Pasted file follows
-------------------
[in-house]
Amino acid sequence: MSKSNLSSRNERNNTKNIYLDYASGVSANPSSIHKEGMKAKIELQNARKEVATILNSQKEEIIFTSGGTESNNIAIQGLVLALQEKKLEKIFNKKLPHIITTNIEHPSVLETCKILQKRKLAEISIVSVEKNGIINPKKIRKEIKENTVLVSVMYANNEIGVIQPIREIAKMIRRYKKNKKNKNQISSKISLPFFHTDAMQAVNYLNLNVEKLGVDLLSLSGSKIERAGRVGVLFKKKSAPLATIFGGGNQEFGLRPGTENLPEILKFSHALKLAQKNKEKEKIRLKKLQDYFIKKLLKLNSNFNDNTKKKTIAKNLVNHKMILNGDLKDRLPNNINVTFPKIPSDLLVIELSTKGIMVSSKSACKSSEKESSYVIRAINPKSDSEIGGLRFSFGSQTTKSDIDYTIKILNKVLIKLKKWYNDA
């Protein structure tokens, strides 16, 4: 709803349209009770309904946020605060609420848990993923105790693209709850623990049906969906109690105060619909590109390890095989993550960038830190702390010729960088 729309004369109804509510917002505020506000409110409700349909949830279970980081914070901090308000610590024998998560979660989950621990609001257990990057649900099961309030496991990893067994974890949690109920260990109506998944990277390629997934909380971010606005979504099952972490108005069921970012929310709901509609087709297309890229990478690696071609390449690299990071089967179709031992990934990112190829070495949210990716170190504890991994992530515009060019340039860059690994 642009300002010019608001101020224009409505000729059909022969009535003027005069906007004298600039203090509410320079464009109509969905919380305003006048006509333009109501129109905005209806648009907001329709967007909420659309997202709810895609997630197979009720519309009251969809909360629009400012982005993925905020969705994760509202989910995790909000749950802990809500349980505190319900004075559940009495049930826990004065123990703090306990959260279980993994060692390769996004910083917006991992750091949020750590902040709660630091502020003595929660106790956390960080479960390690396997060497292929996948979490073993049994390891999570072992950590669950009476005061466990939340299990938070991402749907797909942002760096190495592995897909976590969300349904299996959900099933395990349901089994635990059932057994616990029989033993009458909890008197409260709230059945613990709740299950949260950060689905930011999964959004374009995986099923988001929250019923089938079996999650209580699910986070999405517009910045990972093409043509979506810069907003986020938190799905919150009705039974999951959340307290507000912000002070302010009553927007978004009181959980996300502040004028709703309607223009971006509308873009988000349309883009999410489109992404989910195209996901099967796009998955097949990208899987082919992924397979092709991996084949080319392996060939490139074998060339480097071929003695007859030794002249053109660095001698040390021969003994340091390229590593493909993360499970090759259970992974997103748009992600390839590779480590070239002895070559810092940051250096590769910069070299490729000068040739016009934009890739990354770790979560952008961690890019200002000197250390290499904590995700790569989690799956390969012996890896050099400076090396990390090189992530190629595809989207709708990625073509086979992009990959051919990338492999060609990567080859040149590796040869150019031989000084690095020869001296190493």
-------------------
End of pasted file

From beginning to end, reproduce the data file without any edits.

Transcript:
[in-house]
Amino acid sequence: MSKSNLSSRNERNNTKNIYLDYASGVSANPSSIHKEGMKAKIELQNARKEVATILNSQKEEIIFTSGGTESNNIAIQGLVLALQEKKLEKIFNKKLPHIITTNIEHPSVLETCKILQKRKLAEISIVSVEKNGIINPKKIRKEIKENTVLVSVMYANNEIGVIQPIREIAKMIRRYKKNKKNKNQISSKISLPFFHTDAMQAVNYLNLNVEKLGVDLLSLSGSKIERAGRVGVLFKKKSAPLATIFGGGNQEFGLRPGTENLPEILKFSHALKLAQKNKEKEKIRLKKLQDYFIKKLLKLNSNFNDNTKKKTIAKNLVNHKMILNGDLKDRLPNNINVTFPKIPSDLLVIELSTKGIMVSSKSACKSSEKESSYVIRAINPKSDSEIGGLRFSFGSQTTKSDIDYTIKILNKVLIKLKKWYNDA
């Protein structure tokens, strides 16, 4: 709803349209009770309904946020605060609420848990993923105790693209709850623990049906969906109690105060619909590109390890095989993550960038830190702390010729960088 729309004369109804509510917002505020506000409110409700349909949830279970980081914070901090308000610590024998998560979660989950621990609001257990990057649900099961309030496991990893067994974890949690109920260990109506998944990277390629997934909380971010606005979504099952972490108005069921970012929310709901509609087709297309890229990478690696071609390449690299990071089967179709031992990934990112190829070495949210990716170190504890991994992530515009060019340039860059690994 642009300002010019608001101020224009409505000729059909022969009535003027005069906007004298600039203090509410320079464009109509969905919380305003006048006509333009109501129109905005209806648009907001329709967007909420659309997202709810895609997630197979009720519309009251969809909360629009400012982005993925905020969705994760509202989910995790909000749950802990809500349980505190319900004075559940009495049930826990004065123990703090306990959260279980993994060692390769996004910083917006991992750091949020750590902040709660630091502020003595929660106790956390960080479960390690396997060497292929996948979490073993049994390891999570072992950590669950009476005061466990939340299990938070991402749907797909942002760096190495592995897909976590969300349904299996959900099933395990349901089994635990059932057994616990029989033993009458909890008197409260709230059945613990709740299950949260950060689905930011999964959004374009995986099923988001929250019923089938079996999650209580699910986070999405517009910045990972093409043509979506810069907003986020938190799905919150009705039974999951959340307290507000912000002070302010009553927007978004009181959980996300502040004028709703309607223009971006509308873009988000349309883009999410489109992404989910195209996901099967796009998955097949990208899987082919992924397979092709991996084949080319392996060939490139074998060339480097071929003695007859030794002249053109660095001698040390021969003994340091390229590593493909993360499970090759259970992974997103748009992600390839590779480590070239002895070559810092940051250096590769910069070299490729000068040739016009934009890739990354770790979560952008961690890019200002000197250390290499904590995700790569989690799956390969012996890896050099400076090396990390090189992530190629595809989207709708990625073509086979992009990959051919990338492999060609990567080859040149590796040869150019031989000084690095020869001296190493």